- When the equilibrium of the body is lost, the time when the center of gravity is lost is shorter than the time required for the peripheral sensory organ to communicate the loss of the body equilibrium to the nerve center and the latter to order the foot muscles through the foot nerve to put the foot forward; for instance, when the body inclines forward and falls forward because a sudden force is applied from the back, giving the person no time to put the foot forward.
7. Principle of Gentleness (Ju-no-ri)
In the previous sections it was asserted that we are never defeated if we keep our proper posture and presence of mind, and in carrying on movements and actions we use the body in a natural and reasonable manner. It was also shown how easily we are defeated when the balance of the body is lost. Next we must learn how these two principles should be put into practice in the judo contest, namely how to deal with the opponent's power when applied upon us, and to gain the final victory. The rules of this activity are called ju-no-ri, or the principle of gentleness.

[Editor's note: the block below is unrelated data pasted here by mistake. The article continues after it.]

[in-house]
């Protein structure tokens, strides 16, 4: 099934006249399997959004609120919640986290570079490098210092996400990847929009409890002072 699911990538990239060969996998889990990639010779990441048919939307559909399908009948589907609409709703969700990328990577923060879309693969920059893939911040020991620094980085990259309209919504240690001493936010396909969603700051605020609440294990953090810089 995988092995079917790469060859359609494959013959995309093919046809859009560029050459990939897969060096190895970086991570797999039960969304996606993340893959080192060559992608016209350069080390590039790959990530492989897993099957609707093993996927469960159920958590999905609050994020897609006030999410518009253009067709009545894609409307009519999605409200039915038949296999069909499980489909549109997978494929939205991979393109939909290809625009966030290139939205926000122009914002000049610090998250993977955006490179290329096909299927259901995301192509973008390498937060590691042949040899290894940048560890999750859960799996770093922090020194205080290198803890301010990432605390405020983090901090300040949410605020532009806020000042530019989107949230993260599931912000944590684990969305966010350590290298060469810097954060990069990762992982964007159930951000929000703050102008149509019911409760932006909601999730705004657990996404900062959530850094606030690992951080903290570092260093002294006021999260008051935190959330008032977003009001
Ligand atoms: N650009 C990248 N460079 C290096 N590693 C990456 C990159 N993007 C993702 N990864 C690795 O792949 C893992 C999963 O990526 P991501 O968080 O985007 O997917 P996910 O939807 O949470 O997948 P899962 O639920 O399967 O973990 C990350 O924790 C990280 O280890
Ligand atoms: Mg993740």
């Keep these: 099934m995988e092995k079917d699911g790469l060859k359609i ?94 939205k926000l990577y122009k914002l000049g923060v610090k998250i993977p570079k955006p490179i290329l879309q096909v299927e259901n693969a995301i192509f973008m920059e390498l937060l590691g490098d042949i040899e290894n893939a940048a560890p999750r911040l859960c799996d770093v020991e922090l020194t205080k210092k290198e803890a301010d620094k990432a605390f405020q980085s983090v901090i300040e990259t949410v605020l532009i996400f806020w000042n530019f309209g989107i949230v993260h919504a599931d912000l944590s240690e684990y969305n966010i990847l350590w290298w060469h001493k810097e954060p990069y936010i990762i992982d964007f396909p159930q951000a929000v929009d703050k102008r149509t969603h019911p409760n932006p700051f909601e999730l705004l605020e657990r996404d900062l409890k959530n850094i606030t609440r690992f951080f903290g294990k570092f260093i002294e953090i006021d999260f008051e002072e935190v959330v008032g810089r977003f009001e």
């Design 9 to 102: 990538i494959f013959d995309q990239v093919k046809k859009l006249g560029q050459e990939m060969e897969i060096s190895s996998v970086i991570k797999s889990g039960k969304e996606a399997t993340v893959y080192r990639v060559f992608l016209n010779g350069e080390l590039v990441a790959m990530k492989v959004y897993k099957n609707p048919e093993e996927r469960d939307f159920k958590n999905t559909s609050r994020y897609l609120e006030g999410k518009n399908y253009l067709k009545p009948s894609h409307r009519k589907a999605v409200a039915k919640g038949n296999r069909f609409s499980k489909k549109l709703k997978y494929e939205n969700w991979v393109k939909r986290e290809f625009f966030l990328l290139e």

a. The Principle of Gentleness as Viewed from the Relation of Force
When meeting an opponent, there are various ways that the principle of gentleness can be applied against the force that is used upon us. The bout may be performed in a standing position or sometimes in a lying posture. There are also various kinds of techniques such as standing position techniques, lying posture techniques, holding techniques, strangle-hold techniques, and the bending and twisting of joints. In order to give the techniques full play in their respective situations it is necessary to apply the principle of gentleness.